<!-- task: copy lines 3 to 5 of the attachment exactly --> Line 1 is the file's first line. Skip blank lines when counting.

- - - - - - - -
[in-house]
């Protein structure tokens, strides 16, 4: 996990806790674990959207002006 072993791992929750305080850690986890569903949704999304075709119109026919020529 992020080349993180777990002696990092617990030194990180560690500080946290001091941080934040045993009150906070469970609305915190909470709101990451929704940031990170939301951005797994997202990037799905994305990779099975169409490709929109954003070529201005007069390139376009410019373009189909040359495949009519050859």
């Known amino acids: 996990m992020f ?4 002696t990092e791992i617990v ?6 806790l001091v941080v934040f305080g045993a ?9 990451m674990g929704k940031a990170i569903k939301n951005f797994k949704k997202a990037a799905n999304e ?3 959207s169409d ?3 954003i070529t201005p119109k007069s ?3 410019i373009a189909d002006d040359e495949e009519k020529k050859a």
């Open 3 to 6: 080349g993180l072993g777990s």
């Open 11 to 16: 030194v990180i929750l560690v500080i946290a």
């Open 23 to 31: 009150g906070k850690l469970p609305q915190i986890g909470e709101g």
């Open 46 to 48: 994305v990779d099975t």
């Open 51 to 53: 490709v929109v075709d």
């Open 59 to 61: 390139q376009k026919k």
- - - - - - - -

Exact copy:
């Known amino acids: 996990m992020f ?4 002696t990092e791992i617990v ?6 806790l001091v941080v934040f305080g045993a ?9 990451m674990g929704k940031a990170i569903k939301n951005f797994k949704k997202a990037a799905n999304e ?3 959207s169409d ?3 954003i070529t201005p119109k007069s ?3 410019i373009a189909d002006d040359e495949e009519k020529k050859a």
């Open 3 to 6: 080349g993180l072993g777990s």
């Open 11 to 16: 030194v990180i929750l560690v500080i946290a």